Mission and History

Colburn South Plaza
Founded on the principal of access to excellence, the Colburn School has remained committed to providing the best possible performing arts education to dedicated students for nearly 70 years. Under the care and guidance of an exceptional faculty, generations of students have discovered and expressed their passion for music, dance, and the performing arts.

Our Mission

The Colburn School provides the highest quality performing arts education at all levels of development in an optimal learning environment.

Our Start

In the fall of 1950, the University of Southern California (USC) established a small preparatory school offering school-aged children piano lessons. The community welcomed the idea, and within five years, the program supported 50 faculty members and class selection broadened to include strings, winds, and voice instruction. By 1956, there was enough participation to organize both a student concert band and orchestra.

Richard Colburn Gets Involved

A successful businessman, Richard D. Colburn also was a violist and had a passion for classical music. When the future of the USC community school came into question, Mr. Colburn stepped in as its benefactor, and in 1980, the Richard D. Colburn’s California Foundation assumed the day-to-day operations of the Community School of Performing Arts. Mr. Colburn’s vision was to further the school’s efforts as an independent, not-for-profit institution so that children throughout Los Angeles could continue receiving an exemplary performing arts education.

Influence of Herbert Zipper

Herbert Zipper, considered the founding father of the community arts movement in the United States, was also a friend and advisor to Richard Colburn. A Holocaust survivor, Mr. Zipper came to the United States after World War II and founded the National Guild of Community School of the Arts. He championed the notion that a performing arts education should be available to everyone, a view that influenced Mr. Colburn as he developed his vision for the Community School. When Mr. Colburn took over operations, he invited Mr. Zipper to become the institution’s artistic advisor, a role he held until his death in 1997.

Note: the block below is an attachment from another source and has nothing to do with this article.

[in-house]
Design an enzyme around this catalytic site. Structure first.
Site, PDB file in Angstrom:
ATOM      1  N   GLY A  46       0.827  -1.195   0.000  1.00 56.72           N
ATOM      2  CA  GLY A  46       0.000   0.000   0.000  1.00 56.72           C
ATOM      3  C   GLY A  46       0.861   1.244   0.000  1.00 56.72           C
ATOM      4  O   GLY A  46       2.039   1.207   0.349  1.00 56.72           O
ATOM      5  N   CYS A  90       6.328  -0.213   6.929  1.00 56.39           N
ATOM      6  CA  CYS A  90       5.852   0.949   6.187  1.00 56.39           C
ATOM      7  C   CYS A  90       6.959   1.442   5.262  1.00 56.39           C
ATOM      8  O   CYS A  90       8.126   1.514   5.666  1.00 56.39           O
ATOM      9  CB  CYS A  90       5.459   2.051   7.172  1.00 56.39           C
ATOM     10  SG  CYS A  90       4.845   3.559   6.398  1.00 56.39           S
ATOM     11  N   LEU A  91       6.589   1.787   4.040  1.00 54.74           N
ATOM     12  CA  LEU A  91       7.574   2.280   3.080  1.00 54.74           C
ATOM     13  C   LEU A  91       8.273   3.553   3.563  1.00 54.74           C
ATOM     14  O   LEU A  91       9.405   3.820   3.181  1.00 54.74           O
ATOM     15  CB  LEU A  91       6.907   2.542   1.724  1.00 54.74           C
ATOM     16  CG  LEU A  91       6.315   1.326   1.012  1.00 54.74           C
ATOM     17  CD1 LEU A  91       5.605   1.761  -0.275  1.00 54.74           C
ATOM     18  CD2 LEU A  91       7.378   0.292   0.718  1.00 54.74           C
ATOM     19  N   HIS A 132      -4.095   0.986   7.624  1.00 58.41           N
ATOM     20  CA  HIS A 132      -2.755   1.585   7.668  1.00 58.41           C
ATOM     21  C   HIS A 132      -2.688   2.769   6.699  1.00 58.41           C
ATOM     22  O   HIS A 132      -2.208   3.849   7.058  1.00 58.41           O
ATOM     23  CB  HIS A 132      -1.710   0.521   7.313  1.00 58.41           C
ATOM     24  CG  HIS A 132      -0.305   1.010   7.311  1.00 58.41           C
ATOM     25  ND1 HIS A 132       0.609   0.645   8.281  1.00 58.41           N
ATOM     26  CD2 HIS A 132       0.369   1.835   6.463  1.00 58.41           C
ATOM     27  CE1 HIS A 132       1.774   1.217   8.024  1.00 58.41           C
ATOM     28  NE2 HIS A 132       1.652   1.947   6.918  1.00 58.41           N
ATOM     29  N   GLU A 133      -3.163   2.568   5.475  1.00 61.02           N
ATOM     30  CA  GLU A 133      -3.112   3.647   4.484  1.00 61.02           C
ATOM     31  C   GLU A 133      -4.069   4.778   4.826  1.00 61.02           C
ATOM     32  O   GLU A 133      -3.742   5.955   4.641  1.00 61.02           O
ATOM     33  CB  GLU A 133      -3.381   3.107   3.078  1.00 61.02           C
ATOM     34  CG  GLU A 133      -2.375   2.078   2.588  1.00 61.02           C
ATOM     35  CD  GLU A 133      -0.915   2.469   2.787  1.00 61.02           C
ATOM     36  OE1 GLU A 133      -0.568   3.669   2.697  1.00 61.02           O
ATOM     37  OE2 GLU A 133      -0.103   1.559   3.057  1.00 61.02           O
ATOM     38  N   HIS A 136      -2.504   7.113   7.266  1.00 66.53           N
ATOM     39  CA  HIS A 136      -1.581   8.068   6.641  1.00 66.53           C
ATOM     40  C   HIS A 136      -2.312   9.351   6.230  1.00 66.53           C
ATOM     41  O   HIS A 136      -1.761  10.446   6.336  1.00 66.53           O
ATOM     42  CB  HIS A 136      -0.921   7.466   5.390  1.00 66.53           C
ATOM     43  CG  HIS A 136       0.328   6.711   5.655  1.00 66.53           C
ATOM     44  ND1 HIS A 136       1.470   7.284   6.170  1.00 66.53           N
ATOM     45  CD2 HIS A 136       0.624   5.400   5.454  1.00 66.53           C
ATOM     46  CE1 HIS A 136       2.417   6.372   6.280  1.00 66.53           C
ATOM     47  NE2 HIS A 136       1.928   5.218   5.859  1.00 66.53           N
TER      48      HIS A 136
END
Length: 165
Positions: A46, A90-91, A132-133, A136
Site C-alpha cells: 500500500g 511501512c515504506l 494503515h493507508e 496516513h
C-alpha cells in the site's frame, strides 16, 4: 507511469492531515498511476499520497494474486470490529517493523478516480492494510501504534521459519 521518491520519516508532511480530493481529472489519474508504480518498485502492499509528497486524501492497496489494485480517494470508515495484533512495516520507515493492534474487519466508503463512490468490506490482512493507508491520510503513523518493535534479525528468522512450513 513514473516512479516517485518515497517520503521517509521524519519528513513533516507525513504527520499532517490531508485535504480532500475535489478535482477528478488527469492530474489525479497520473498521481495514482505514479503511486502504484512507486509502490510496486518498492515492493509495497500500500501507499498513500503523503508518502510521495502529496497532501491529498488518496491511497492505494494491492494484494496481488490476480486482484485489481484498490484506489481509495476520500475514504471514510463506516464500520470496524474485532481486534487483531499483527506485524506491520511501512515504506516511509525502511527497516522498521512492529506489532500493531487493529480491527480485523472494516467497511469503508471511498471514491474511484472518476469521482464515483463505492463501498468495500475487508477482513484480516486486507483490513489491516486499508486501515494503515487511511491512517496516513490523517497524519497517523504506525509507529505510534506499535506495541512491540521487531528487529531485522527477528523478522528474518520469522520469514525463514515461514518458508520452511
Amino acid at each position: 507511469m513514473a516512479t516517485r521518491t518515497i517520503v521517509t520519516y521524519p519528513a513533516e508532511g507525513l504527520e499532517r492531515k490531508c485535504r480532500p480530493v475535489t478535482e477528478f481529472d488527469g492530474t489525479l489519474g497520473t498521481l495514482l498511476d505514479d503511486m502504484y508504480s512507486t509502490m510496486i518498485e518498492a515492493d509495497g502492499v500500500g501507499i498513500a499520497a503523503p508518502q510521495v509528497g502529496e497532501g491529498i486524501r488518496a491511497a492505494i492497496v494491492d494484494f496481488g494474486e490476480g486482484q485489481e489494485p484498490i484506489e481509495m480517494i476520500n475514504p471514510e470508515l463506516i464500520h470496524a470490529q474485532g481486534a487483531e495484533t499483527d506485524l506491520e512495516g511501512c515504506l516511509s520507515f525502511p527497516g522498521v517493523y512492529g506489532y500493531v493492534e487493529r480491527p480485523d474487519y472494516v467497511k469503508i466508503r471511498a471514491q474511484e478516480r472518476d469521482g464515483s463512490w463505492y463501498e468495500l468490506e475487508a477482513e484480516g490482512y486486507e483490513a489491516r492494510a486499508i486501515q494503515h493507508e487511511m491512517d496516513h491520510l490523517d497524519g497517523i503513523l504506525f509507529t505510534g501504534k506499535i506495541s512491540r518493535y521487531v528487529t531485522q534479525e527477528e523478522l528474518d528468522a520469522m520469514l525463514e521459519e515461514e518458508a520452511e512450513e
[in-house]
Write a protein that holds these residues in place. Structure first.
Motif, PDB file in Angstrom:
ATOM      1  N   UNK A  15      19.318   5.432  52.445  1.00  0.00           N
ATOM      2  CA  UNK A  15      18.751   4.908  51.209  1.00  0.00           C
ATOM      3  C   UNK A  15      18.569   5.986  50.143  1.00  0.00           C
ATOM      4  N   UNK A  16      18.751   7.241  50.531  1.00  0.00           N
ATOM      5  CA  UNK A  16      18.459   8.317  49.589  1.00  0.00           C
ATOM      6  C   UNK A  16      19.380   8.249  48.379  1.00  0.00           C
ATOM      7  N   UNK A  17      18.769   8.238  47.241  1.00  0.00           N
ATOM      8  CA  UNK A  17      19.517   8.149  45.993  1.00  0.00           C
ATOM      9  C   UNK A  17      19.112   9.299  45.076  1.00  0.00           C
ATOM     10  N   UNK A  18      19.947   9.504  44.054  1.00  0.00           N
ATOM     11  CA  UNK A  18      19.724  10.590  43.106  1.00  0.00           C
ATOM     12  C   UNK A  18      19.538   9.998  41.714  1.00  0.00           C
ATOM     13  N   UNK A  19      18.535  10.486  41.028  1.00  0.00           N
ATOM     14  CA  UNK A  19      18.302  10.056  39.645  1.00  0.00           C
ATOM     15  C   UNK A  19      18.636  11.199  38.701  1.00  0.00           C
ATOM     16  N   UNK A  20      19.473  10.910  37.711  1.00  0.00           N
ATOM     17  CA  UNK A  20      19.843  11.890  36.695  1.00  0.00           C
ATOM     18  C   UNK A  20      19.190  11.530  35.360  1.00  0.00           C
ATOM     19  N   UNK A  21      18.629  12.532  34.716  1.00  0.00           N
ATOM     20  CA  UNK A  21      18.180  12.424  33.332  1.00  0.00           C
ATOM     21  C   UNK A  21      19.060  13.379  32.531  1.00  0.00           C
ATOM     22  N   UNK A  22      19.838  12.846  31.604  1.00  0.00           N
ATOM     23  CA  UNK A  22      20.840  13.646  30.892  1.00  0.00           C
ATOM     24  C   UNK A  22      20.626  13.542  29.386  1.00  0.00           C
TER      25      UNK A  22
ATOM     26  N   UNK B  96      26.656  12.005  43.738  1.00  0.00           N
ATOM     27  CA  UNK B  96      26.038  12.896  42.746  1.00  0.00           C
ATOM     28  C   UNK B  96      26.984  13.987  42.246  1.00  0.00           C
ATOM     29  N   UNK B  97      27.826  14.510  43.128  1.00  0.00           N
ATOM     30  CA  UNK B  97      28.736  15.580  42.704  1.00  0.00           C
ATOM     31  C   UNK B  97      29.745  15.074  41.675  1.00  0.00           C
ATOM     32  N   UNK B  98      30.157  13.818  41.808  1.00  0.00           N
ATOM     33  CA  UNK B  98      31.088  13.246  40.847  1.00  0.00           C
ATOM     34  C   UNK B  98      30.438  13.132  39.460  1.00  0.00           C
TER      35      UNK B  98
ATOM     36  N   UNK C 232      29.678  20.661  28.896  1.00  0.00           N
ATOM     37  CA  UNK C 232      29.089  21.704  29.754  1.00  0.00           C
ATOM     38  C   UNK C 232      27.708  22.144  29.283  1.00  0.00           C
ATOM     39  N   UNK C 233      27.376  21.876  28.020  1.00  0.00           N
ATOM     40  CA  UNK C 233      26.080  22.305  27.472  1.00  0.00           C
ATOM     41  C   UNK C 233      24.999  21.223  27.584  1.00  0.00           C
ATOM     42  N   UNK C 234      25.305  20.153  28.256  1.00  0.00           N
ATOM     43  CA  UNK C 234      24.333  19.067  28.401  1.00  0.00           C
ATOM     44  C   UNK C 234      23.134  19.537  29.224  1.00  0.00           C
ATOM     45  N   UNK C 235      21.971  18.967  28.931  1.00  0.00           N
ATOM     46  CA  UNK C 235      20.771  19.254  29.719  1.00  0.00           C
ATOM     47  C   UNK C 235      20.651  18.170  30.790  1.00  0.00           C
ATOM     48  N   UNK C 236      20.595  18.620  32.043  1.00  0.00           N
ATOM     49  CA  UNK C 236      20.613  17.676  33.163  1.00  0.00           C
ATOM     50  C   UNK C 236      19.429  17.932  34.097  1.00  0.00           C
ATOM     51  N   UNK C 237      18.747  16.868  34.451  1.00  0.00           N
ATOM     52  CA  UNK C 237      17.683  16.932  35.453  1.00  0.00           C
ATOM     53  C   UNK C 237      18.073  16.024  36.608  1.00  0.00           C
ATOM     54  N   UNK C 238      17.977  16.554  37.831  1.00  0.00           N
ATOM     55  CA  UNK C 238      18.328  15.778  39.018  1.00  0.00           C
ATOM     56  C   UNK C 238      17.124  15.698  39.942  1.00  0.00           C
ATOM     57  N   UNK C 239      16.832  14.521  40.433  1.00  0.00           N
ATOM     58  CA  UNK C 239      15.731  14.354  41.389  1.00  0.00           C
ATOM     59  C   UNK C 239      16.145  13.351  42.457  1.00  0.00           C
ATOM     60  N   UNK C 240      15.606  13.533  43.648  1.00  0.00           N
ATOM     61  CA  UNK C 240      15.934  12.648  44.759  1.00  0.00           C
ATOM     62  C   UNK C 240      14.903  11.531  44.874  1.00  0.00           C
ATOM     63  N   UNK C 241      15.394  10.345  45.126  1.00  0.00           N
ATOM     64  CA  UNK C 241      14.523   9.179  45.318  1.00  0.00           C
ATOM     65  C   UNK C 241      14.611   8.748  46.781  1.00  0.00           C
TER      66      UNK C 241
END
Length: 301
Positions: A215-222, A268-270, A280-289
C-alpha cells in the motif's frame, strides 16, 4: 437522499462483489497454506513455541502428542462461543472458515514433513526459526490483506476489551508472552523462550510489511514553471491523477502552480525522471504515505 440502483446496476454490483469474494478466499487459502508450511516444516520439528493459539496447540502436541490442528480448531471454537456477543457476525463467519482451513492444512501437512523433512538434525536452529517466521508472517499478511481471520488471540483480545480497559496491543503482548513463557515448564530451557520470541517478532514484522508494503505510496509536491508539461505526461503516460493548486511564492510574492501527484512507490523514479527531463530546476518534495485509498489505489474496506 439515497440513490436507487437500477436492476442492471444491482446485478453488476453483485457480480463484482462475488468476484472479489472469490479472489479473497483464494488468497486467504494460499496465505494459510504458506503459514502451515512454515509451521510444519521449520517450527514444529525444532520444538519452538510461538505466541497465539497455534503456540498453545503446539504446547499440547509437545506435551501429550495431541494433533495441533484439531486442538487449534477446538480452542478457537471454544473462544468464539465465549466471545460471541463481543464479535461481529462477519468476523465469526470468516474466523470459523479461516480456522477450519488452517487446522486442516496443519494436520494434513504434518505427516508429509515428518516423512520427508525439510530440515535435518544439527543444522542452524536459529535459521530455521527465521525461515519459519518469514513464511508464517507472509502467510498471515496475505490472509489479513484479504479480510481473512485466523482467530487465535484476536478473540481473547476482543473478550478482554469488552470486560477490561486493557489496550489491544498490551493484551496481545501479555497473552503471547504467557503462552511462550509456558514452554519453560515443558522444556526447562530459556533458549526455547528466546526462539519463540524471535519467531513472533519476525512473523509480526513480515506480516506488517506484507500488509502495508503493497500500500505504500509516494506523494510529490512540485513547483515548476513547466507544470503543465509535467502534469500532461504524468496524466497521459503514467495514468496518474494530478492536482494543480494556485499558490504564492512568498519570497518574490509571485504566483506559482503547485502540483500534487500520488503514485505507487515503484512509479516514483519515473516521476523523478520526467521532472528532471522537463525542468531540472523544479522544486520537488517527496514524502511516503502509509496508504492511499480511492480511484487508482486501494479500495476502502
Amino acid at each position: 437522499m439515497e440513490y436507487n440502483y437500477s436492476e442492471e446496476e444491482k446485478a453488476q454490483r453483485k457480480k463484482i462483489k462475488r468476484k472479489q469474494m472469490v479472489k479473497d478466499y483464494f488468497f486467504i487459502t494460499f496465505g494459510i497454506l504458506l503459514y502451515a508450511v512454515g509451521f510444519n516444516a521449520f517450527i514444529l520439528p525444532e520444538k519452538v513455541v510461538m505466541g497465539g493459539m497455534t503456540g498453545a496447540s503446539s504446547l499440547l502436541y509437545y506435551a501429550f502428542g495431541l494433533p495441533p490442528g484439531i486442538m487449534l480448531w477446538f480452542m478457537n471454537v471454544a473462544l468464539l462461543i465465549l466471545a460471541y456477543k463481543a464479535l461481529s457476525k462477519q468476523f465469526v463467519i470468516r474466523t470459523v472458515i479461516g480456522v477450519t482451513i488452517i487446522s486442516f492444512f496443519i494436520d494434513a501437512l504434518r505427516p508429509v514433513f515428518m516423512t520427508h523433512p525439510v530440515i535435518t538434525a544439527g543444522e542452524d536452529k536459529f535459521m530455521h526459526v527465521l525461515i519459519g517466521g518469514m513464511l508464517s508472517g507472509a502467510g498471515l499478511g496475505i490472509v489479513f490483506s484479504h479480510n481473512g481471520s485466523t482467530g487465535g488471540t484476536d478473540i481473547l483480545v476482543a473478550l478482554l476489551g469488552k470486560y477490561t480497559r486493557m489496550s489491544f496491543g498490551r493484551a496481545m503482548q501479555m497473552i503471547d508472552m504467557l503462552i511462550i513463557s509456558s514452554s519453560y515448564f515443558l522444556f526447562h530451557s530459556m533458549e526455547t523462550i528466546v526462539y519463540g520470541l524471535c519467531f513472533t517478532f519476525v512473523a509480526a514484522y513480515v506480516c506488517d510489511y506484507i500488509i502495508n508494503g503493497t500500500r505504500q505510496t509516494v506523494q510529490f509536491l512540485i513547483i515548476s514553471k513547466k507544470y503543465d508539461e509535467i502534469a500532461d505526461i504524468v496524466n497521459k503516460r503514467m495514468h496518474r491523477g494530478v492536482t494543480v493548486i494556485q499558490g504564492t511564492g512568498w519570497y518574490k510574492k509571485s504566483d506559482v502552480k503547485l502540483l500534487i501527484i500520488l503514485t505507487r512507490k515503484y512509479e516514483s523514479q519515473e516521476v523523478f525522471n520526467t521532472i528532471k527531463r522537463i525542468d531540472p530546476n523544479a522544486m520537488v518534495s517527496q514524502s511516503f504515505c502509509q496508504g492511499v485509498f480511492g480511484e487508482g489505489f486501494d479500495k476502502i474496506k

The Community School Grows

The 1980s and 90s were a time of significant growth for the Community School. Among other developments, the School added jazz and chamber music to the curriculum, restructured the Suzuki and music theory programs, and added community outreach programs. Additionally, the Friday Night Recitals were established and more ensembles formed or grew in size so students had opportunities to perform outside the classroom. During the 1988–89 school year, the School’s name was changed to the R.D. Colburn School of Performing Arts.

A New Age

Although the school outgrew its original setting by the late 1970s, toward the end of the 1990s, the Colburn School was ready to move into a new, modern home. On June 30, 1998, school leaders welcomed students, parents, and the community to its current campus on Grand Avenue. The campus became the anchor of a revived downtown cultural corridor. It soon was joined by the Walt Disney Concert Hall, the Broad museum, and other venues showcasing the reinvigorated LA performing arts scene. This campus was designed to encourage students’ studies by offering professional-level rehearsal spaces and performance halls, including the 400-seat Herbert Zipper Recital Hall.

Around the same time, Mr. Colburn established the Colburn Music Fund to help cover the tuition and housing costs for students attending the newly established Colburn Conservatory of Music. In 2004, the Colburn Conservatory of Music matriculated its first class and in 2007, a 12-story residence hall was added to the campus.